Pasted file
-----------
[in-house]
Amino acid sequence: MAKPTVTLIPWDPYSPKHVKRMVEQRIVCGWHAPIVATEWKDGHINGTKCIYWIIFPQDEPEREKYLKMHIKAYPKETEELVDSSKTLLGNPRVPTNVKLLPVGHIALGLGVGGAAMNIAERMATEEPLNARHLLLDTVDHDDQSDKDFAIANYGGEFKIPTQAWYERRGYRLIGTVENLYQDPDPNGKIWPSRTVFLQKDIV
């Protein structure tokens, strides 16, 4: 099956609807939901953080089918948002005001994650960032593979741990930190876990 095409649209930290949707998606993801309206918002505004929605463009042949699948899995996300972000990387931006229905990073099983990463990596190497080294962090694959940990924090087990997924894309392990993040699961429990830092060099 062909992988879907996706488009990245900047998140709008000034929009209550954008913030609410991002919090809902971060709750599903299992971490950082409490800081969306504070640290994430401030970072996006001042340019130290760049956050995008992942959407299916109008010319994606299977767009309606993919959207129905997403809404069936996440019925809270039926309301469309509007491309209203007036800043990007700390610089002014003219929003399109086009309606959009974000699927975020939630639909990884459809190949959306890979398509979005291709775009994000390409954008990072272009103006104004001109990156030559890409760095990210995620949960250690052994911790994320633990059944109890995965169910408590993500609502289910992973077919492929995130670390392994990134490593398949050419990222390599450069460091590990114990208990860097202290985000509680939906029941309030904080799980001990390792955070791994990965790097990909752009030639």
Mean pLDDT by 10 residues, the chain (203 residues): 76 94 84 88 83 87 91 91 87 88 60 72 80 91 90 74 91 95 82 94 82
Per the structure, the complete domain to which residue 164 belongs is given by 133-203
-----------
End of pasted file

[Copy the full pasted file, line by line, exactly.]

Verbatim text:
[in-house]
Amino acid sequence: MAKPTVTLIPWDPYSPKHVKRMVEQRIVCGWHAPIVATEWKDGHINGTKCIYWIIFPQDEPEREKYLKMHIKAYPKETEELVDSSKTLLGNPRVPTNVKLLPVGHIALGLGVGGAAMNIAERMATEEPLNARHLLLDTVDHDDQSDKDFAIANYGGEFKIPTQAWYERRGYRLIGTVENLYQDPDPNGKIWPSRTVFLQKDIV
């Protein structure tokens, strides 16, 4: 099956609807939901953080089918948002005001994650960032593979741990930190876990 095409649209930290949707998606993801309206918002505004929605463009042949699948899995996300972000990387931006229905990073099983990463990596190497080294962090694959940990924090087990997924894309392990993040699961429990830092060099 062909992988879907996706488009990245900047998140709008000034929009209550954008913030609410991002919090809902971060709750599903299992971490950082409490800081969306504070640290994430401030970072996006001042340019130290760049956050995008992942959407299916109008010319994606299977767009309606993919959207129905997403809404069936996440019925809270039926309301469309509007491309209203007036800043990007700390610089002014003219929003399109086009309606959009974000699927975020939630639909990884459809190949959306890979398509979005291709775009994000390409954008990072272009103006104004001109990156030559890409760095990210995620949960250690052994911790994320633990059944109890995965169910408590993500609502289910992973077919492929995130670390392994990134490593398949050419990222390599450069460091590990114990208990860097202290985000509680939906029941309030904080799980001990390792955070791994990965790097990909752009030639």
Mean pLDDT by 10 residues, the chain (203 residues): 76 94 84 88 83 87 91 91 87 88 60 72 80 91 90 74 91 95 82 94 82
Per the structure, the complete domain to which residue 164 belongs is given by 133-203